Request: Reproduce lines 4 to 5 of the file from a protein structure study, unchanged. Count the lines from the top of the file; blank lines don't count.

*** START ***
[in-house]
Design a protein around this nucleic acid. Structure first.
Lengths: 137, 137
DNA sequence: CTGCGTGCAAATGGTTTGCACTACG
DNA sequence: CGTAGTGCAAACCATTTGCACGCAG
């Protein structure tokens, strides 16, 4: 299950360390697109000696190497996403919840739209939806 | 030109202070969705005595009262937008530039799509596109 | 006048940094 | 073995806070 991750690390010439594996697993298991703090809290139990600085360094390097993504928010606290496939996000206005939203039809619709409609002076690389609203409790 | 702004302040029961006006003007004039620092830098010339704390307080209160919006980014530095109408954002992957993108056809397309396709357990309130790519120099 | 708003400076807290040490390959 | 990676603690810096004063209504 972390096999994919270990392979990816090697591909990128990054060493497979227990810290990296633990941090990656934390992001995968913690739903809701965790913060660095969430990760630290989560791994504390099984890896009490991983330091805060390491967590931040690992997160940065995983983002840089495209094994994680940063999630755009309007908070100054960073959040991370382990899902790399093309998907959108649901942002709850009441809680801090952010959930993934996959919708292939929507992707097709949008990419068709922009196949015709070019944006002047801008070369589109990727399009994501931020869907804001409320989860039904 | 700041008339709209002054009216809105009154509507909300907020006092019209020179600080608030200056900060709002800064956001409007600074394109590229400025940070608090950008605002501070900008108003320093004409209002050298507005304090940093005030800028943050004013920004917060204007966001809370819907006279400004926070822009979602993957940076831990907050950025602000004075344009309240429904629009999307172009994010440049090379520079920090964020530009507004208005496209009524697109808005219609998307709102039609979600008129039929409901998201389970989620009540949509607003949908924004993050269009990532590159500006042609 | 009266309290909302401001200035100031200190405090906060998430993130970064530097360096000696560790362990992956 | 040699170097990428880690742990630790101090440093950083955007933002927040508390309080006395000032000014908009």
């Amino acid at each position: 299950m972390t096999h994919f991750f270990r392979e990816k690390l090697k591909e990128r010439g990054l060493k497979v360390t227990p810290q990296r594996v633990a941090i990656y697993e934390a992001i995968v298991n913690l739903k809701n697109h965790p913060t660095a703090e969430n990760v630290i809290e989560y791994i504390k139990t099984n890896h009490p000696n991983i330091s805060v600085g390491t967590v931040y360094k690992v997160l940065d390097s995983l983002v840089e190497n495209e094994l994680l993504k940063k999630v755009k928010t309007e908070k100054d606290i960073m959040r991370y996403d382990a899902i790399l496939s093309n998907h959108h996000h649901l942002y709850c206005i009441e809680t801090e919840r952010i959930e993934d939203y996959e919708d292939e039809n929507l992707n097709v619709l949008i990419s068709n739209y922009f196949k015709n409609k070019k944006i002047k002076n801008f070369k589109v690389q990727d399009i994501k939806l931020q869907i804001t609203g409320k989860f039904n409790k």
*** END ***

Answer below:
DNA sequence: CTGCGTGCAAATGGTTTGCACTACG
DNA sequence: CGTAGTGCAAACCATTTGCACGCAG